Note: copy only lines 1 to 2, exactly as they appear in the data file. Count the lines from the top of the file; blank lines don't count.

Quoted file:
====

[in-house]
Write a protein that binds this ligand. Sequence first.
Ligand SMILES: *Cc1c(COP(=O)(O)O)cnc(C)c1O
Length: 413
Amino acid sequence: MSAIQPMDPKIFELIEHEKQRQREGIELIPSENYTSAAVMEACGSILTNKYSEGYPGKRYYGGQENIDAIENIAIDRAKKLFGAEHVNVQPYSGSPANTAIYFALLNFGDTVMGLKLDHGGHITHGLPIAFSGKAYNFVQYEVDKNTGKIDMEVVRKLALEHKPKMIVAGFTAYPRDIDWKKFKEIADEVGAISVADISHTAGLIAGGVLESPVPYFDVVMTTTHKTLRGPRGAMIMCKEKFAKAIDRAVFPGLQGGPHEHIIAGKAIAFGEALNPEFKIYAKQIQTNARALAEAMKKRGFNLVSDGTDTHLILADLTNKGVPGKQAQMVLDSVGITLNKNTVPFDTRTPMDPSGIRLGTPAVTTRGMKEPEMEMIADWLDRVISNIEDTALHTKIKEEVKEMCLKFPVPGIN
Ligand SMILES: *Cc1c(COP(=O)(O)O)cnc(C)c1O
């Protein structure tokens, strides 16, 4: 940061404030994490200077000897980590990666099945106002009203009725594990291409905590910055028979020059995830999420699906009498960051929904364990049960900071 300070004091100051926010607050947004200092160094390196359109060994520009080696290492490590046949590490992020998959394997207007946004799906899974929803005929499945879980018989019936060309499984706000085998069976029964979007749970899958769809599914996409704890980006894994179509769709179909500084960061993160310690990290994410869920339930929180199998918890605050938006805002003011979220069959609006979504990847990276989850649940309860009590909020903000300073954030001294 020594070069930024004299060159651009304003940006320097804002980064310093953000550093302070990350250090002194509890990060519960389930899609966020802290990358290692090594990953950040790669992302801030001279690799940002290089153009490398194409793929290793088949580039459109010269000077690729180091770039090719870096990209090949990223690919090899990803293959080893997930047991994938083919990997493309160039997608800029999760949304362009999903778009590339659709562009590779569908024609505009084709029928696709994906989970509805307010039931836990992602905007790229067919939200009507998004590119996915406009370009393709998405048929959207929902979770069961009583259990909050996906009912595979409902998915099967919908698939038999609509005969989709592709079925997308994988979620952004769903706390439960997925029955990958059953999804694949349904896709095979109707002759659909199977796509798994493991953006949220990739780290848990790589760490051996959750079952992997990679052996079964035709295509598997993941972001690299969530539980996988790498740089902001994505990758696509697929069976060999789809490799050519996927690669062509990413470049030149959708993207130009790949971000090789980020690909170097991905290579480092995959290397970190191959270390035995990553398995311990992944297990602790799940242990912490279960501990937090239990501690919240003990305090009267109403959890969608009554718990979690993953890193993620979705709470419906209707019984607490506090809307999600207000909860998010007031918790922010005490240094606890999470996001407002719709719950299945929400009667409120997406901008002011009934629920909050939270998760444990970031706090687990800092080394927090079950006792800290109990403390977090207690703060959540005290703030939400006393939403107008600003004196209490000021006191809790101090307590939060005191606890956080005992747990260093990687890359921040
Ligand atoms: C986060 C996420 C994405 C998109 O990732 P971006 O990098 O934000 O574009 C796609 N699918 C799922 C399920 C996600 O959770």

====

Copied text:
[in-house]
Write a protein that binds this ligand. Sequence first.